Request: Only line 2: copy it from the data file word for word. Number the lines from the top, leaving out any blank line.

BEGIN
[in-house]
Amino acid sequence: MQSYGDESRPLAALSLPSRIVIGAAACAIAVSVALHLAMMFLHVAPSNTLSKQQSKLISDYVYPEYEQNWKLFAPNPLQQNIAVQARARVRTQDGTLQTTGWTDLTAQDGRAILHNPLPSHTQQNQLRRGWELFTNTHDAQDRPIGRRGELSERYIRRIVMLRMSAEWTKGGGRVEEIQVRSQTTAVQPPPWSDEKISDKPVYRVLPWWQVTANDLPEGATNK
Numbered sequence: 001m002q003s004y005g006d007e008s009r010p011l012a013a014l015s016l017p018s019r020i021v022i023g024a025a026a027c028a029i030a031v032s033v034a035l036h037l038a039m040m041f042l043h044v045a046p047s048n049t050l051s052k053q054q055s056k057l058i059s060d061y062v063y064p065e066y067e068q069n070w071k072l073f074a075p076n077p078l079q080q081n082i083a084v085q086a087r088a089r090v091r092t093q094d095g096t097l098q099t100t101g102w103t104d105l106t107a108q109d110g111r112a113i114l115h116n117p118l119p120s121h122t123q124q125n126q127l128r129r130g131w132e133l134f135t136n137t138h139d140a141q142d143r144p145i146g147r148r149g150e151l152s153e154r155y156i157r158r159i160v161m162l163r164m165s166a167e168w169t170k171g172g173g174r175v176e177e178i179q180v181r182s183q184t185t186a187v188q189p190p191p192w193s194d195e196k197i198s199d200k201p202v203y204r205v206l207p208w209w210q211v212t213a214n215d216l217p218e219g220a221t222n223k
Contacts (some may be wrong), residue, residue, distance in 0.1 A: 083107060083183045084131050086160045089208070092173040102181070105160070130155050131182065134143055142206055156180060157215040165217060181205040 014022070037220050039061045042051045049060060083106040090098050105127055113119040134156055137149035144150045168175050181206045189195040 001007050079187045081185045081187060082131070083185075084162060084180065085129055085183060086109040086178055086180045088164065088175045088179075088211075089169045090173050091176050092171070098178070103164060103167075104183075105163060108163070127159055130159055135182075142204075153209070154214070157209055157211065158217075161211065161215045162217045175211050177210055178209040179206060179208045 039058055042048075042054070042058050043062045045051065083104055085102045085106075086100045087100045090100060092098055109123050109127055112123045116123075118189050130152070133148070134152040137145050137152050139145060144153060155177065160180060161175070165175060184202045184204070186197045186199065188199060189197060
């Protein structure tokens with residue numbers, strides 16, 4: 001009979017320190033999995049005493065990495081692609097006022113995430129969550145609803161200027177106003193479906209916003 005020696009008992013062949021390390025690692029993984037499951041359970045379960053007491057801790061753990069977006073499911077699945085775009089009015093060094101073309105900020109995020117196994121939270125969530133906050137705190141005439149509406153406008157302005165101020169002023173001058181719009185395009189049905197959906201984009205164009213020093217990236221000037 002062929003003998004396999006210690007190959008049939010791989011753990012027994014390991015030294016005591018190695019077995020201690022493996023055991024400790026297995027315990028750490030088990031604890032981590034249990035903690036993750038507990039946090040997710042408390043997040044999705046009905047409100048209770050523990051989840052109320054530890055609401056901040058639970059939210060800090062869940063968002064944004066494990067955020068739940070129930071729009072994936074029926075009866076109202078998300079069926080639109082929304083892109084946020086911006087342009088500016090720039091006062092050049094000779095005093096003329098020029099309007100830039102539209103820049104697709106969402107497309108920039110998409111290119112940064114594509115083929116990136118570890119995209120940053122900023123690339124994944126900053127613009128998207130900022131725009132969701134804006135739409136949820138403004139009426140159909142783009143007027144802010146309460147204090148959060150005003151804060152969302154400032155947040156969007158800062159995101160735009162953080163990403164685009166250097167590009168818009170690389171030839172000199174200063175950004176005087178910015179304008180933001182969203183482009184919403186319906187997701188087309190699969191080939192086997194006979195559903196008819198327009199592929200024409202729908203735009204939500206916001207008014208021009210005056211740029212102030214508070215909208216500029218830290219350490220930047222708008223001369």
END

Amino acid sequence: MQSYGDESRPLAALSLPSRIVIGAAACAIAVSVALHLAMMFLHVAPSNTLSKQQSKLISDYVYPEYEQNWKLFAPNPLQQNIAVQARARVRTQDGTLQTTGWTDLTAQDGRAILHNPLPSHTQQNQLRRGWELFTNTHDAQDRPIGRRGELSERYIRRIVMLRMSAEWTKGGGRVEEIQVRSQTTAVQPPPWSDEKISDKPVYRVLPWWQVTANDLPEGATNK